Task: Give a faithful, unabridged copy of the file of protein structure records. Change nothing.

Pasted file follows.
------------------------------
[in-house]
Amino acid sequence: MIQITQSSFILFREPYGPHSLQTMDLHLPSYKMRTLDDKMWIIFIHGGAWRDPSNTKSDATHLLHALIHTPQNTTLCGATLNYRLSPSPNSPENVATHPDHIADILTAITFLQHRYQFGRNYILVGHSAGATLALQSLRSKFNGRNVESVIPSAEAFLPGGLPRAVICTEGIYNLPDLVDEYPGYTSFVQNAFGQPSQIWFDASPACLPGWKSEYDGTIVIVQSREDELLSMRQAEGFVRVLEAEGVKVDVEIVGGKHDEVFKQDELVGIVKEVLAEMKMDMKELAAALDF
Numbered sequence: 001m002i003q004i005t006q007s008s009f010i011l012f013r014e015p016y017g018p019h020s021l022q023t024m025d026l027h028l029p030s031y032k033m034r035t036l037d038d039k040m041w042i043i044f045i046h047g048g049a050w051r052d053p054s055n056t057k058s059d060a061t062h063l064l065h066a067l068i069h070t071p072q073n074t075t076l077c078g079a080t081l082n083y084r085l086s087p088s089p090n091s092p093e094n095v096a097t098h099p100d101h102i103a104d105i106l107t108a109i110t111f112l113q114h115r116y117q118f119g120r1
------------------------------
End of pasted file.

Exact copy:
[in-house]
Amino acid sequence: MIQITQSSFILFREPYGPHSLQTMDLHLPSYKMRTLDDKMWIIFIHGGAWRDPSNTKSDATHLLHALIHTPQNTTLCGATLNYRLSPSPNSPENVATHPDHIADILTAITFLQHRYQFGRNYILVGHSAGATLALQSLRSKFNGRNVESVIPSAEAFLPGGLPRAVICTEGIYNLPDLVDEYPGYTSFVQNAFGQPSQIWFDASPACLPGWKSEYDGTIVIVQSREDELLSMRQAEGFVRVLEAEGVKVDVEIVGGKHDEVFKQDELVGIVKEVLAEMKMDMKELAAALDF
Numbered sequence: 001m002i003q004i005t006q007s008s009f010i011l012f013r014e015p016y017g018p019h020s021l022q023t024m025d026l027h028l029p030s031y032k033m034r035t036l037d038d039k040m041w042i043i044f045i046h047g048g049a050w051r052d053p054s055n056t057k058s059d060a061t062h063l064l065h066a067l068i069h070t071p072q073n074t075t076l077c078g079a080t081l082n083y084r085l086s087p088s089p090n091s092p093e094n095v096a097t098h099p100d101h102i103a104d105i106l107t108a109i110t111f112l113q114h115r116y117q118f119g120r1